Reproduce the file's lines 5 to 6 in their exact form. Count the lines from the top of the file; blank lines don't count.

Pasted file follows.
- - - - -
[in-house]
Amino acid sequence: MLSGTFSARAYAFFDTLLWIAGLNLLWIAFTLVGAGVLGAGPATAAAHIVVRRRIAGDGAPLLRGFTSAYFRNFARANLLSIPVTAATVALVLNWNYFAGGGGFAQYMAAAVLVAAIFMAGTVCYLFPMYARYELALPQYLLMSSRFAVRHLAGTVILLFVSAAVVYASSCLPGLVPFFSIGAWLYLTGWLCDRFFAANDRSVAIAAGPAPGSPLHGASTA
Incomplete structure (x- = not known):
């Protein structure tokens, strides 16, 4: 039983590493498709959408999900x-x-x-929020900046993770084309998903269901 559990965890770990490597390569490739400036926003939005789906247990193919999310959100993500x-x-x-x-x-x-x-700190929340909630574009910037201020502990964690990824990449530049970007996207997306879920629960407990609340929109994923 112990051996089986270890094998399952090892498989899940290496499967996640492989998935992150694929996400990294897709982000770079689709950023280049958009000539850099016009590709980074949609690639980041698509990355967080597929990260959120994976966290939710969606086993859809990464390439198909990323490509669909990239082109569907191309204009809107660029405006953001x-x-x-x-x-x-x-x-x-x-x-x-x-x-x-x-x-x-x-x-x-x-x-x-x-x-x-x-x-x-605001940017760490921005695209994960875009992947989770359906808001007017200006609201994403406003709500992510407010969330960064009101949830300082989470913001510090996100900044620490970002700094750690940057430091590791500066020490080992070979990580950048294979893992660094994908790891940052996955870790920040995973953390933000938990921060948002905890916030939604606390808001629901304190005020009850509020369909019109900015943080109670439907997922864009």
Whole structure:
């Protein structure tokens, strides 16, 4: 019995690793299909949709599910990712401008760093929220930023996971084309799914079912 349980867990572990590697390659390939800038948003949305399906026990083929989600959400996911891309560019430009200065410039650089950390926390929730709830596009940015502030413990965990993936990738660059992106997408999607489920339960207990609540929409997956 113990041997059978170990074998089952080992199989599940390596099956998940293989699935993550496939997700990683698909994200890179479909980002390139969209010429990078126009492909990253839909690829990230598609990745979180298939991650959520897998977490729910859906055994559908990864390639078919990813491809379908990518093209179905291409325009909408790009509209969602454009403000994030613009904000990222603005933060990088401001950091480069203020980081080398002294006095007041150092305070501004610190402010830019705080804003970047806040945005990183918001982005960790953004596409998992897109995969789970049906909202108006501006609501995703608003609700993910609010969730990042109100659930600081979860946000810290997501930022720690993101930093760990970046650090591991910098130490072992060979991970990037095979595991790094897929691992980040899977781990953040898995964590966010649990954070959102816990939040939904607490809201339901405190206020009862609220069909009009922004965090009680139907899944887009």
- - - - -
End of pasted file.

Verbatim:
Whole structure:
């Protein structure tokens, strides 16, 4: 019995690793299909949709599910990712401008760093929220930023996971084309799914079912 349980867990572990590697390659390939800038948003949305399906026990083929989600959400996911891309560019430009200065410039650089950390926390929730709830596009940015502030413990965990993936990738660059992106997408999607489920339960207990609540929409997956 113990041997059978170990074998089952080992199989599940390596099956998940293989699935993550496939997700990683698909994200890179479909980002390139969209010429990078126009492909990253839909690829990230598609990745979180298939991650959520897998977490729910859906055994559908990864390639078919990813491809379908990518093209179905291409325009909408790009509209969602454009403000994030613009904000990222603005933060990088401001950091480069203020980081080398002294006095007041150092305070501004610190402010830019705080804003970047806040945005990183918001982005960790953004596409998992897109995969789970049906909202108006501006609501995703608003609700993910609010969730990042109100659930600081979860946000810290997501930022720690993101930093760990970046650090591991910098130490072992060979991970990037095979595991790094897929691992980040899977781990953040898995964590966010649990954070959102816990939040939904607490809201339901405190206020009862609220069909009009922004965090009680139907899944887009």